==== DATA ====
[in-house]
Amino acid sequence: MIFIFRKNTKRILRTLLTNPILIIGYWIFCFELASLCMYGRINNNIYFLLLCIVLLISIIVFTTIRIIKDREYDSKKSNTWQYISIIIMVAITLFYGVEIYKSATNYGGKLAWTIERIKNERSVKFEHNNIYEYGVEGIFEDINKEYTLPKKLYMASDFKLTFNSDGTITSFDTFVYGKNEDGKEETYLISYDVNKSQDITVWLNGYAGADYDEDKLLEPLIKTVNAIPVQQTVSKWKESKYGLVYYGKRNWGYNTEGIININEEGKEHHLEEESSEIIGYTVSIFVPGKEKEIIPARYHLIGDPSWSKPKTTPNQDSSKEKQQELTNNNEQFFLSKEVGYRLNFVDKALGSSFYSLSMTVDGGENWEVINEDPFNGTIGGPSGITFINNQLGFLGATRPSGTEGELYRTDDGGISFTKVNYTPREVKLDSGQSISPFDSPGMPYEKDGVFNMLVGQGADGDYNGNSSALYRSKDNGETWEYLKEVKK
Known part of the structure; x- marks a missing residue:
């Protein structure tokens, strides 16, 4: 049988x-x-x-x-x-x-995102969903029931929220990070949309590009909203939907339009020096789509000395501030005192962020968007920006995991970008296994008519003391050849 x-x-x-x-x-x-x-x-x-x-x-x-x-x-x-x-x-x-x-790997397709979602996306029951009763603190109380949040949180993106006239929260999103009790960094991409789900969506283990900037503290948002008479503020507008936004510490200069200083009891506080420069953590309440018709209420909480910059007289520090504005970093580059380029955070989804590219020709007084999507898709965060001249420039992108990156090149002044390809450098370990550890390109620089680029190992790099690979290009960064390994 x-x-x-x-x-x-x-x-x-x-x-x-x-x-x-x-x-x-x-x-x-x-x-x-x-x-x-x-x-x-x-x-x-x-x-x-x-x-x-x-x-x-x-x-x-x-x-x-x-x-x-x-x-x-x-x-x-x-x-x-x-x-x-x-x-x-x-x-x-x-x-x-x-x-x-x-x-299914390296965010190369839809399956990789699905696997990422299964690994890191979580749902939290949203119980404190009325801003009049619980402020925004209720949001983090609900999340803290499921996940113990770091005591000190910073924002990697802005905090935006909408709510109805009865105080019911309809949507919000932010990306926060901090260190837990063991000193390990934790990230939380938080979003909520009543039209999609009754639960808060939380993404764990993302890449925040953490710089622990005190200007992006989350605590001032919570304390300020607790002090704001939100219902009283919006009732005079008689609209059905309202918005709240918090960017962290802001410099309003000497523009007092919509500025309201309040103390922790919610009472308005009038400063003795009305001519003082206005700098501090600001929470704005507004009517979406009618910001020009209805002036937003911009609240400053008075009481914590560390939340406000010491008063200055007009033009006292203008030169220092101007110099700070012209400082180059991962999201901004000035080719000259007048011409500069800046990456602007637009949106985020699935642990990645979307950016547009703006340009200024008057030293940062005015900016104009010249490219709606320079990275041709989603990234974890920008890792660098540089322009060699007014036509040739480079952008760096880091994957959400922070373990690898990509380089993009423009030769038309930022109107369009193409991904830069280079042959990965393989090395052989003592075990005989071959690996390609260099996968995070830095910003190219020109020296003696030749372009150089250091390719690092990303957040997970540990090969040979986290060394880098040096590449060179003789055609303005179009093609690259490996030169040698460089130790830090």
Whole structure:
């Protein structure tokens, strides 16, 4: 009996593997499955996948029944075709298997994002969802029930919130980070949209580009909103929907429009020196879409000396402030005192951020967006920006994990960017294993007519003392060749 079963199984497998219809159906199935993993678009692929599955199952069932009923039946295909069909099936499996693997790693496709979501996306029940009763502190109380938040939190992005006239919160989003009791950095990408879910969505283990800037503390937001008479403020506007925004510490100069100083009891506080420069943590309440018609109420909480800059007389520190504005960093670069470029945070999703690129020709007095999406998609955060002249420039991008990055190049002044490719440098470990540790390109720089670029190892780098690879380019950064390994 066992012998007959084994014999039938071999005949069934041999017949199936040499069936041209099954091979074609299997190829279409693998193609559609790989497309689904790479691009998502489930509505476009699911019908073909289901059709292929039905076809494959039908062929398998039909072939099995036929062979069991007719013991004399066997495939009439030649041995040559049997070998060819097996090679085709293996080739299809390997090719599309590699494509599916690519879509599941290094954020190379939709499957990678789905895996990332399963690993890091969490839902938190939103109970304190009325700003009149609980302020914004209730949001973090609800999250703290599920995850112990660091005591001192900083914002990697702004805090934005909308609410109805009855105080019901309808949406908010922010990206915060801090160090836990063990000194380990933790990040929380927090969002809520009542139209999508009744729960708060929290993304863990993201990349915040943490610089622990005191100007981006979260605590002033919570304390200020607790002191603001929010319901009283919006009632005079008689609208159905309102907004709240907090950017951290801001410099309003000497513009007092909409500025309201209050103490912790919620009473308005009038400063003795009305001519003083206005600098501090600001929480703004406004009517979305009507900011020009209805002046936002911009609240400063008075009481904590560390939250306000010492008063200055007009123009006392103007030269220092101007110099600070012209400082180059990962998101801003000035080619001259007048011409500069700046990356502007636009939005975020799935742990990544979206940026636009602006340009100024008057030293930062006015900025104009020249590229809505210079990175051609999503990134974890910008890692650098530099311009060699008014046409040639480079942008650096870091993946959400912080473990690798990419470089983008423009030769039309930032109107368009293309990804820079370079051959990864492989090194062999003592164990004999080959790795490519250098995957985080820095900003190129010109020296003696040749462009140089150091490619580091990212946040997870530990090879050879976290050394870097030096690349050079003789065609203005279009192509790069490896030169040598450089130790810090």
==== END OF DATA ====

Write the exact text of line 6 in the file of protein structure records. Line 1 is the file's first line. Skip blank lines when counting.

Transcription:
């Protein structure tokens, strides 16, 4: 009996593997499955996948029944075709298997994002969802029930919130980070949209580009909103929907429009020196879409000396402030005192951020967006920006994990960017294993007519003392060749 079963199984497998219809159906199935993993678009692929599955199952069932009923039946295909069909099936499996693997790693496709979501996306029940009763502190109380938040939190992005006239919160989003009791950095990408879910969505283990800037503390937001008479403020506007925004510490100069100083009891506080420069943590309440018609109420909480800059007389520190504005960093670069470029945070999703690129020709007095999406998609955060002249420039991008990055190049002044490719440098470990540790390109720089670029190892780098690879380019950064390994 066992012998007959084994014999039938071999005949069934041999017949199936040499069936041209099954091979074609299997190829279409693998193609559609790989497309689904790479691009998502489930509505476009699911019908073909289901059709292929039905076809494959039908062929398998039909072939099995036929062979069991007719013991004399066997495939009439030649041995040559049997070998060819097996090679085709293996080739299809390997090719599309590699494509599916690519879509599941290094954020190379939709499957990678789905895996990332399963690993890091969490839902938190939103109970304190009325700003009149609980302020914004209730949001973090609800999250703290599920995850112990660091005591001192900083914002990697702004805090934005909308609410109805009855105080019901309808949406908010922010990206915060801090160090836990063990000194380990933790990040929380927090969002809520009542139209999508009744729960708060929290993304863990993201990349915040943490610089622990005191100007981006979260605590002033919570304390200020607790002191603001929010319901009283919006009632005079008689609208159905309102907004709240907090950017951290801001410099309003000497513009007092909409500025309201209050103490912790919620009473308005009038400063003795009305001519003083206005600098501090600001929480703004406004009517979305009507900011020009209805002046936002911009609240400063008075009481904590560390939250306000010492008063200055007009123009006392103007030269220092101007110099600070012209400082180059990962998101801003000035080619001259007048011409500069700046990356502007636009939005975020799935742990990544979206940026636009602006340009100024008057030293930062006015900025104009020249590229809505210079990175051609999503990134974890910008890692650098530099311009060699008014046409040639480079942008650096870091993946959400912080473990690798990419470089983008423009030769039309930032109107368009293309990804820079370079051959990864492989090194062999003592164990004999080959790795490519250098995957985080820095900003190129010109020296003696040749462009140089150091490619580091990212946040997870530990090879050879976290050394870097030096690349050079003789065609203005279009192509790069490896030169040598450089130790810090």